Page:The Bostonians (London & New York, Macmillan & Co., 1886).djvu/384

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XXXVII.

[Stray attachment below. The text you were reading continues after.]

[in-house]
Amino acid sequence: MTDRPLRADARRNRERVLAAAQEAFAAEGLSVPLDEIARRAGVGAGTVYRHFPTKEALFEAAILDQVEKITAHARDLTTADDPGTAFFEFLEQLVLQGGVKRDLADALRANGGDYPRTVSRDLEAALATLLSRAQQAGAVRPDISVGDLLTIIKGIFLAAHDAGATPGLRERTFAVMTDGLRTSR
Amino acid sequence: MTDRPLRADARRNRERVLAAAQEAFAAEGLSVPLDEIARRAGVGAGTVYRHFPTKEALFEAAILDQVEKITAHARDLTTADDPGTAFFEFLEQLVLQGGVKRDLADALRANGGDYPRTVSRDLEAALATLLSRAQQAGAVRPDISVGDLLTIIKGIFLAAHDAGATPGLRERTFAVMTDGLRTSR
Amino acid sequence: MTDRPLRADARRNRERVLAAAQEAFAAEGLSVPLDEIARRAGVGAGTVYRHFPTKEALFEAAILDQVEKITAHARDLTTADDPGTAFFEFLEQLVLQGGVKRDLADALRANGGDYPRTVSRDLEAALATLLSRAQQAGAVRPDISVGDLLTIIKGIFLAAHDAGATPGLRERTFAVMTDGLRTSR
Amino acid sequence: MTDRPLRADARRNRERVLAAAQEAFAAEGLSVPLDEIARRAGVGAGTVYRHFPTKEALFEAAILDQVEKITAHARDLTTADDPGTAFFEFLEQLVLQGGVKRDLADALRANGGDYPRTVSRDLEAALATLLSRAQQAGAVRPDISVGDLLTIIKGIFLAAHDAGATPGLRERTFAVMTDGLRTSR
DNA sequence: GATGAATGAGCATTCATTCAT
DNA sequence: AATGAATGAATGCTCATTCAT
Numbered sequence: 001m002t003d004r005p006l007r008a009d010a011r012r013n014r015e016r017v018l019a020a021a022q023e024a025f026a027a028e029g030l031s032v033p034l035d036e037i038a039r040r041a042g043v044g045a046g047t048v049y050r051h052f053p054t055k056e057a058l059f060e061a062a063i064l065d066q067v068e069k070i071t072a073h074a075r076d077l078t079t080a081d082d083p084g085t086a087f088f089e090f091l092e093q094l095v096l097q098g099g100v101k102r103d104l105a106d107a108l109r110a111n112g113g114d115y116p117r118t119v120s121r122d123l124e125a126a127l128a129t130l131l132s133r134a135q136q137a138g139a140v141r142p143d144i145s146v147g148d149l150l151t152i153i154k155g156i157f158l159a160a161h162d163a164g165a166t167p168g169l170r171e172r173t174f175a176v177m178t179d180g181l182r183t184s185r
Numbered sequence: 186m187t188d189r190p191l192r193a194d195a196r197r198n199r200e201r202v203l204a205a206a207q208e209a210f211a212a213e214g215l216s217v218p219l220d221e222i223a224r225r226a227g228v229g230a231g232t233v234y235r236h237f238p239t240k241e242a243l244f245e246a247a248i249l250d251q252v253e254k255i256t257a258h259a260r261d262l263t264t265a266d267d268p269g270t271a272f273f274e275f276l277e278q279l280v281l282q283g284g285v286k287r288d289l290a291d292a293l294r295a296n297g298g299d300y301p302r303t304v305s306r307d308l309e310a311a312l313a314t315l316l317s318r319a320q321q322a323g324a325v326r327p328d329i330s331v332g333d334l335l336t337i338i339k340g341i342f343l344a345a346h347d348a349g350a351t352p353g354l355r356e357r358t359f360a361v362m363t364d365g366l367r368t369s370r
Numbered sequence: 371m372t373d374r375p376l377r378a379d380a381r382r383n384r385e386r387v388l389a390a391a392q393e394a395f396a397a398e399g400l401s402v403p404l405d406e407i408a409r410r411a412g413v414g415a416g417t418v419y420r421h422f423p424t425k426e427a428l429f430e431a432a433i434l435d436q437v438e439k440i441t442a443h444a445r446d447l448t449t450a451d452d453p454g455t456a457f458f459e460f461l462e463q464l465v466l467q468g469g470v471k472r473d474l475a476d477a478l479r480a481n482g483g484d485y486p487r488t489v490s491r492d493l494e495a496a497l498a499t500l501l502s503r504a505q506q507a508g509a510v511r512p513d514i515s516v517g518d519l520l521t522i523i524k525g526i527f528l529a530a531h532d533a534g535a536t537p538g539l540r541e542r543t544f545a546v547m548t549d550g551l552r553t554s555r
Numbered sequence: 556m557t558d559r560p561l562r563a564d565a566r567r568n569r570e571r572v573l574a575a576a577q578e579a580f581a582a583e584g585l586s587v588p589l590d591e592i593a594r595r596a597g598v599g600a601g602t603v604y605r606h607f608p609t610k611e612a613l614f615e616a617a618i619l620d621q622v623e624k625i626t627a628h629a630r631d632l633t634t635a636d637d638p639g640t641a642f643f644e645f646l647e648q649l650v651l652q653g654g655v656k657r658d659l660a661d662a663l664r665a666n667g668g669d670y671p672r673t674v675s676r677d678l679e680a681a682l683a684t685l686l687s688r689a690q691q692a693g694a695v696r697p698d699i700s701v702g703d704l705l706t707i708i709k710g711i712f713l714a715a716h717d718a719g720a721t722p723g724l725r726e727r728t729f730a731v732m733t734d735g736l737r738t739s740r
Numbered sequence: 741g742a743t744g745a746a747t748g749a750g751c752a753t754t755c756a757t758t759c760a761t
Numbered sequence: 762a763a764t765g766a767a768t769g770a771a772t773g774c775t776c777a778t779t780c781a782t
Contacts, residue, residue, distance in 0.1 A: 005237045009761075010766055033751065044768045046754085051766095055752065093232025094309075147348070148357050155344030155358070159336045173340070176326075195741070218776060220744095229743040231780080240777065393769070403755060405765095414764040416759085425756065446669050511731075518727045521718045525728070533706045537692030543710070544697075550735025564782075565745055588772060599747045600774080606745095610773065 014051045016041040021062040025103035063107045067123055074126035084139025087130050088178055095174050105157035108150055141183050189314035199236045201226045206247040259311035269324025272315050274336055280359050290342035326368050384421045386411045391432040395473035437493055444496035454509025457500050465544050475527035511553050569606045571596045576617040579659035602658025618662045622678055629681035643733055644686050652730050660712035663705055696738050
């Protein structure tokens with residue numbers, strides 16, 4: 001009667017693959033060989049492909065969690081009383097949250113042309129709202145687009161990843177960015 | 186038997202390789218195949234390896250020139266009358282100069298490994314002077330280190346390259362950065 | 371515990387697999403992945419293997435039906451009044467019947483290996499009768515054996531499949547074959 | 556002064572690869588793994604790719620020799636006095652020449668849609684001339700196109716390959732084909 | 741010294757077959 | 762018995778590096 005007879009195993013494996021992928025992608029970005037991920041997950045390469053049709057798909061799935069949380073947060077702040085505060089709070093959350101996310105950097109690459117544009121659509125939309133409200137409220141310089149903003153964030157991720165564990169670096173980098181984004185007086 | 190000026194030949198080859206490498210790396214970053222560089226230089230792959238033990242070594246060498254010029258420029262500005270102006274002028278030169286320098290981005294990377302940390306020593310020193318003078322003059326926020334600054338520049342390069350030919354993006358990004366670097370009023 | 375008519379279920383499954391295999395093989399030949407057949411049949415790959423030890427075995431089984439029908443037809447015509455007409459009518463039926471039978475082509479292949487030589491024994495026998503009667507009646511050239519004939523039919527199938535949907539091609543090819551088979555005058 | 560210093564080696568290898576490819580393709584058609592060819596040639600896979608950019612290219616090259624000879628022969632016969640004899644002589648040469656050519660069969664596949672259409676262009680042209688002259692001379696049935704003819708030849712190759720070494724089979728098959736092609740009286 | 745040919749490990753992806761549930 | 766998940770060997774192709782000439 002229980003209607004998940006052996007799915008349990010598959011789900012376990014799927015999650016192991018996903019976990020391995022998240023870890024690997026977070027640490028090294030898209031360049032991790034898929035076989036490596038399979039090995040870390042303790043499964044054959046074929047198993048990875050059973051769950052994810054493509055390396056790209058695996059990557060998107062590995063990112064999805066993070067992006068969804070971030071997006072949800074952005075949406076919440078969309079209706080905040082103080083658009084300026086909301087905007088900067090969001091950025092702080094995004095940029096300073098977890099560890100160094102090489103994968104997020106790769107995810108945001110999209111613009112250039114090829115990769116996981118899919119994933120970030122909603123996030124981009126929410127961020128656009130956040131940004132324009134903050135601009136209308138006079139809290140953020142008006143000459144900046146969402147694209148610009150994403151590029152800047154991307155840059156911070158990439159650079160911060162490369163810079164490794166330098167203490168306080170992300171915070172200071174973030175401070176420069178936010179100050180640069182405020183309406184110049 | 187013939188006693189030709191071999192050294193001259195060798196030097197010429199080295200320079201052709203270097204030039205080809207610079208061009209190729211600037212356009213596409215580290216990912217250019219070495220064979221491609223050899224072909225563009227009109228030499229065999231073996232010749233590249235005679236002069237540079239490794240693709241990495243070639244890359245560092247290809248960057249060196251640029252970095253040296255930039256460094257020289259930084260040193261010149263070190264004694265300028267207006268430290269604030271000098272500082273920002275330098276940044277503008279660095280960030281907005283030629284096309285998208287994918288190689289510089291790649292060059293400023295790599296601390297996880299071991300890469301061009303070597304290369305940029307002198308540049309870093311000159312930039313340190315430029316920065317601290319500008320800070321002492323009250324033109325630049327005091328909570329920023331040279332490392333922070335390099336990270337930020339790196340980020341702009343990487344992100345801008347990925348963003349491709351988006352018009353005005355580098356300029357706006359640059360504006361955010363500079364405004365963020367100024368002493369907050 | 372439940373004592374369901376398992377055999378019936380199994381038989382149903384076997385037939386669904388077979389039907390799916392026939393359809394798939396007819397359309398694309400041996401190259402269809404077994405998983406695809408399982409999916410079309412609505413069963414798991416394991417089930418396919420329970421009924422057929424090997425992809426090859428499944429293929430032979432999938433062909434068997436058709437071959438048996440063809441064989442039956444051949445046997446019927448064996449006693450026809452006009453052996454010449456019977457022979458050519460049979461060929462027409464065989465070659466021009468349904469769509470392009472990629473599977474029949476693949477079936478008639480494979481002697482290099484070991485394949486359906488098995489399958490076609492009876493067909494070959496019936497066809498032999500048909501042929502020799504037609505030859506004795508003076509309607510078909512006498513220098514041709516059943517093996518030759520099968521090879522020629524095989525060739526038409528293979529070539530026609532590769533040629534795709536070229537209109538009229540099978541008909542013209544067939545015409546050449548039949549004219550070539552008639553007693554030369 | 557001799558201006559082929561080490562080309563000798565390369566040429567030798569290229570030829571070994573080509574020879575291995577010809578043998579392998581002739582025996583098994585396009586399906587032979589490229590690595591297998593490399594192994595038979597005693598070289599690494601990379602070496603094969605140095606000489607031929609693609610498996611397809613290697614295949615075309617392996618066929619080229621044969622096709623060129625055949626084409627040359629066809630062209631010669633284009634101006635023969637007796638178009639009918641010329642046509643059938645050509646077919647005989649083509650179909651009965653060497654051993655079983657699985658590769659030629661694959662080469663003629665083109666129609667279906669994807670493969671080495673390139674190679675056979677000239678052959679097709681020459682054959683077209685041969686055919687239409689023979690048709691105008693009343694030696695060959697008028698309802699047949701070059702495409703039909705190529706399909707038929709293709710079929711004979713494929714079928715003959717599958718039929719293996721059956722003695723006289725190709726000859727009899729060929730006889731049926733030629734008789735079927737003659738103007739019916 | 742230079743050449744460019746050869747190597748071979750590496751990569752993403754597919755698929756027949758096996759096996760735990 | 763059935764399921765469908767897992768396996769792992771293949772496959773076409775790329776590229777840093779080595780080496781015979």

Basil Ransom spent nearly a month at Marmion; in announcing this fact I am very conscious of its extraordinary character. Poor Olive may well have been thrown back into her alarms by his presenting himself there; for after her return from New York she took to her soul the conviction that she had really done with him. Not only did the impulse of revulsion under which Verena had demanded that their departure from Tenth Street should be immediate appear to her a proof that it had been sufficient for her young friend to touch Mr. Ransom's moral texture with her finger, as it were, in order to draw back for ever; but what she had learned from her companion of his own manifestations, his apparent disposition to throw up the game, added to her feeling of security. He had spoken to Verena of their little excursion as his last opportunity, let her know that he regarded it not as the beginning of a more intimate acquaintance but as the end even of such relations as already existed between them. He gave her up, for reasons best known to himself; if he wanted to frighten Olive he judged that he had frightened her enough: his Southern chivalry suggested to him perhaps that he ought to let her off before he had worried her to death. Doubtless, too, he had perceived how vain it was to hope to make Verena abjure a faith so solidly founded; and though he admired her enough to wish to possess her on his own terms, he shrank from the mortification which the future would have in keeping for him—that of finding that, after six months of courting and in spite of all her sympathy, her desire to do what people expected of her, she despised his opinions as much as the first day. Olive Chancellor